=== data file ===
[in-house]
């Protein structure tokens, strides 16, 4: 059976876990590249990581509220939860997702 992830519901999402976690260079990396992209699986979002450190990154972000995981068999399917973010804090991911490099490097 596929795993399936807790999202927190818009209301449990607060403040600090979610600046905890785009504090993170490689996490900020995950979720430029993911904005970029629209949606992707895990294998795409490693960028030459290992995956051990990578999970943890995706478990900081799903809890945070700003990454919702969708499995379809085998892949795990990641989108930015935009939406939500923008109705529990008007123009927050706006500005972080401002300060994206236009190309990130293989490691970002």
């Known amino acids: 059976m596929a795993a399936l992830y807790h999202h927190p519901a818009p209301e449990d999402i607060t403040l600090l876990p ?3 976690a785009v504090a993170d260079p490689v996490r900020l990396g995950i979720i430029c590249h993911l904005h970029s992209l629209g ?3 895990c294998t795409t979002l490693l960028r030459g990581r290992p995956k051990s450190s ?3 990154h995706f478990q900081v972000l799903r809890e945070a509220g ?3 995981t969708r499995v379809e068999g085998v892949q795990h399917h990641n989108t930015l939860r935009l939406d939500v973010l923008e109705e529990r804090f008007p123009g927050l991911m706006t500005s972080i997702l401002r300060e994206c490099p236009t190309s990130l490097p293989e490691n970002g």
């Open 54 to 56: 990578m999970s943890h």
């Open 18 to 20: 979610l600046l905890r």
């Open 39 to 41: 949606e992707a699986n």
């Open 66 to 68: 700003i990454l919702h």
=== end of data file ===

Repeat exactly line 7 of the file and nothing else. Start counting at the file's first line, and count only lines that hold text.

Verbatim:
């Open 66 to 68: 700003i990454l919702h």